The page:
The Absurdity of Cutting Social Security to Reduce the Debt

By Marty Wolfson

TruthoutShortly after the ceiling on federal debt was raised on October 17, 2013, the conservative Heritage Foundation notified its readers that the outstanding debt of the United States had “rocketed past $17 trillion,” and that “entitlement spending—the key driver of spending and debt—remains unaddressed.” The three assumptions in that statement—that the true measure of our debt is $17 trillion, that the cause of the buildup of debt is entitlement spending, and that therefore the appropriate policy to “address” this problem is to cut Social Security benefits and other “entitlements”—are endorsed by many politicians and policy pundits in Washington. But they’re all wrong as economic analysis and disastrous as policy recommendations.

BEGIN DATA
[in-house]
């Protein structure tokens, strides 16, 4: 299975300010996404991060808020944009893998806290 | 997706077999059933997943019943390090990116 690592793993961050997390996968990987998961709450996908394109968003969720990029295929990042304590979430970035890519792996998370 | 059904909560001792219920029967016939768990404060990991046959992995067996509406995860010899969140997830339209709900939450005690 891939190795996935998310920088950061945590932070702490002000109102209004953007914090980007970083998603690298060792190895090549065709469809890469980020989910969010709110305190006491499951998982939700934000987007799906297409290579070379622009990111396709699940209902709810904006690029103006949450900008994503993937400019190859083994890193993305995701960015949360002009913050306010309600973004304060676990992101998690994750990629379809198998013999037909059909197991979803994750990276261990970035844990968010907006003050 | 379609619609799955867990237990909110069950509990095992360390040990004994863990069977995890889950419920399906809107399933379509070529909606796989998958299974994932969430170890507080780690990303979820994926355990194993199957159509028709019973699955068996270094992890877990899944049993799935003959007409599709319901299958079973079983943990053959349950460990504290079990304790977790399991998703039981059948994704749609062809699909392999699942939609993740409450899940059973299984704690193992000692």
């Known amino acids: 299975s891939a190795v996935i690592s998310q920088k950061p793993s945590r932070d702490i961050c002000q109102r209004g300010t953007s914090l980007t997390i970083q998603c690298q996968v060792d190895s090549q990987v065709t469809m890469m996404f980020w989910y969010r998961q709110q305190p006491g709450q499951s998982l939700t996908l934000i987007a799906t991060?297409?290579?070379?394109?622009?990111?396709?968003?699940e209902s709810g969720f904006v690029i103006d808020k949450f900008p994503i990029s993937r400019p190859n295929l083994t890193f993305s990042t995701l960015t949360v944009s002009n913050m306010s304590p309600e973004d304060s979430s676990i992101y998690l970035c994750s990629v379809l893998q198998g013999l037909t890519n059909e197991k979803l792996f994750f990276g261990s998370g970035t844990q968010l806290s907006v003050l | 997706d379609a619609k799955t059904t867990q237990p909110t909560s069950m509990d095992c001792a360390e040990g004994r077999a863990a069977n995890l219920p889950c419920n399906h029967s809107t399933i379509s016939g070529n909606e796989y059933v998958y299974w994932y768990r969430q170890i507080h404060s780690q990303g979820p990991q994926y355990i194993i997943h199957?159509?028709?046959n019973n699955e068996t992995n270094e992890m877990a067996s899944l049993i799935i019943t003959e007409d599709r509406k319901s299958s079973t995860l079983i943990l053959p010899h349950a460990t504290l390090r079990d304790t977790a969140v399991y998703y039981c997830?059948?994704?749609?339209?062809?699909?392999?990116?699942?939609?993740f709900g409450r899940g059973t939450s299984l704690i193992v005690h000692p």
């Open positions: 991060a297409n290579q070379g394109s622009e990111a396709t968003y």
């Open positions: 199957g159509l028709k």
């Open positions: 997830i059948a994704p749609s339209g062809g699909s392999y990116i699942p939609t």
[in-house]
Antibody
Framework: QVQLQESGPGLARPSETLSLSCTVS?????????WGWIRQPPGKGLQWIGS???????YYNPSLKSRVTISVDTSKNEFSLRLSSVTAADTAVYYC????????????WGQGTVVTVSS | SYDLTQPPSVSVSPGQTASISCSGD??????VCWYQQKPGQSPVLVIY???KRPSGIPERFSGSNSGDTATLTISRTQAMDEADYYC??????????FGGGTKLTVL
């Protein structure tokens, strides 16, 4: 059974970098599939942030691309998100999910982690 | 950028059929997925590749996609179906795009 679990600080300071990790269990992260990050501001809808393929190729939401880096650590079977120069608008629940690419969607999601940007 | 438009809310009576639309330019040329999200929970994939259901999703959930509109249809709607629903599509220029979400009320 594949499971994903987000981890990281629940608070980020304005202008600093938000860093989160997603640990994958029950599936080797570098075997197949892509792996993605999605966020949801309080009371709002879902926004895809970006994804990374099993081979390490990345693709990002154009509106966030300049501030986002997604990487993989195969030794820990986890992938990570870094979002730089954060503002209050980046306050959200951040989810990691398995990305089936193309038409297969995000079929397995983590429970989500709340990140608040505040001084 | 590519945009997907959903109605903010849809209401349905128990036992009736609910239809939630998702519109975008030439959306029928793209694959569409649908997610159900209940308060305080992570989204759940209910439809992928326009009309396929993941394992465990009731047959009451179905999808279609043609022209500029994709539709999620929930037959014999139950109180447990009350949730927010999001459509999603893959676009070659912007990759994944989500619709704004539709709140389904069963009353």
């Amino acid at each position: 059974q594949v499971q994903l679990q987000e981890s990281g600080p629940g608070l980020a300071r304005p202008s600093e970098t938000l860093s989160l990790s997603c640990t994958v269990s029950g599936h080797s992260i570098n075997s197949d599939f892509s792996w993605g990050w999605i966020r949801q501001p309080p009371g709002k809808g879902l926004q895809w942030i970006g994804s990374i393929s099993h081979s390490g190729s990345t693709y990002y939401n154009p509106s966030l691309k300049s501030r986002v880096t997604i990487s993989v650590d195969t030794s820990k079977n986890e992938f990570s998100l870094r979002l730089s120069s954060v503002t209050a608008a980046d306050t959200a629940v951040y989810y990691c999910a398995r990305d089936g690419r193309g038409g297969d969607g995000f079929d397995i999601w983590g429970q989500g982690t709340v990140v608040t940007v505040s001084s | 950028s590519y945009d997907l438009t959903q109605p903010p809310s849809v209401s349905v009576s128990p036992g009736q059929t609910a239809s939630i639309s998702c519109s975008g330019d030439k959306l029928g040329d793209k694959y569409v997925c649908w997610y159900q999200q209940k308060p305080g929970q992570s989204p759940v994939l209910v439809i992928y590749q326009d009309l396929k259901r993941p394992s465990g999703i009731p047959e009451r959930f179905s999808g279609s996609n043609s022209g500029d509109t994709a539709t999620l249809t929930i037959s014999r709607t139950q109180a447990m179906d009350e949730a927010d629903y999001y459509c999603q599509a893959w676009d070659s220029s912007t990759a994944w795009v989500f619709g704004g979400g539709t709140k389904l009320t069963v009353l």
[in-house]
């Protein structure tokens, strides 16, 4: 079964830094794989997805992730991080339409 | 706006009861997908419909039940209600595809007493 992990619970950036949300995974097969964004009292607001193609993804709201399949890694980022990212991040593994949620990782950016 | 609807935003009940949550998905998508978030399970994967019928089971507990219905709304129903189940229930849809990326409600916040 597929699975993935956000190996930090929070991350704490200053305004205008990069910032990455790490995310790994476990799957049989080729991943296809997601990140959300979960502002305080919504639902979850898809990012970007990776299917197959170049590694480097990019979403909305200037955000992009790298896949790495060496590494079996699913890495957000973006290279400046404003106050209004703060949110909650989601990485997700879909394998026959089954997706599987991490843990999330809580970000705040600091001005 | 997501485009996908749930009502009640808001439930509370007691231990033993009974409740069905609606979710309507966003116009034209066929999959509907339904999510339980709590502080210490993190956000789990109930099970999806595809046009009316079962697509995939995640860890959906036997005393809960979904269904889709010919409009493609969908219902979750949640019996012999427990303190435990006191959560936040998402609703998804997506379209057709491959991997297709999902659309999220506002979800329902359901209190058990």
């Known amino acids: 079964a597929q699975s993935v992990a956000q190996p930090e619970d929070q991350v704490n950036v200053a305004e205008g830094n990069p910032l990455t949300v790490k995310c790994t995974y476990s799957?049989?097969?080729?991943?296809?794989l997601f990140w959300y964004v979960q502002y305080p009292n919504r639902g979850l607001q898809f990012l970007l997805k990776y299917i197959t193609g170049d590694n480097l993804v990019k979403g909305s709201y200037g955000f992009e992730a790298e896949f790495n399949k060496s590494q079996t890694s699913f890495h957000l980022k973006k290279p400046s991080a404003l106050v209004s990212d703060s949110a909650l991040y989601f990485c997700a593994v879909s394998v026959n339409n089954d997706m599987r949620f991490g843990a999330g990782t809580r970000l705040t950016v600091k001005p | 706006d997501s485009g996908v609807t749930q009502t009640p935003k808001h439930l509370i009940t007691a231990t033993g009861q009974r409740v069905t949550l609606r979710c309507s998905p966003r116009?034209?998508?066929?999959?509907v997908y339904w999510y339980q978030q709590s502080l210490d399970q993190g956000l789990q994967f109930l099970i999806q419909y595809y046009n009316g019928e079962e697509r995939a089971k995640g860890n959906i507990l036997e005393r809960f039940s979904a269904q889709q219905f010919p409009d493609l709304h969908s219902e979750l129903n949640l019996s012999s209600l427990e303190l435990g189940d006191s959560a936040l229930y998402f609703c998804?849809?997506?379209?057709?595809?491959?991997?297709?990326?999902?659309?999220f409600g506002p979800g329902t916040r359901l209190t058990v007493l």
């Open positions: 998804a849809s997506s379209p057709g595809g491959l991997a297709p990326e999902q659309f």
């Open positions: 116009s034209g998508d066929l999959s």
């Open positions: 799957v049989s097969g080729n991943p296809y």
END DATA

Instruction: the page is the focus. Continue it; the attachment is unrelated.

the real issue is whether or not society will keep its commitment to retirees. The agenda of those who say we have to cut benefits is really that they don’t want to meet this commitment. We should recognize that this is their agenda, and not let them hide behind the smokescreen of supposedly out-of-control federal debt.

Seventeen trillion dollars certainly sounds like a big, scary number, especially when national debt clocks tell us that this translates into more than $53,000 for every person in the United States. But we shouldn’t be focusing on that number.

The $17 trillion figure is a measure of “gross debt,” which means that it includes debt owed by the U.S. Treasury to more than 230 other U.S. government agencies and trust funds. On the consolidated financial statements of the federal government, this intragovernmental debt is, in effect, canceled out. Basically, this is money the government owes itself. What is left is termed “debt held by the public.” It is this measure of debt that is relevant to a possible increase in interest rates due to competition for funding between the private and public sectors.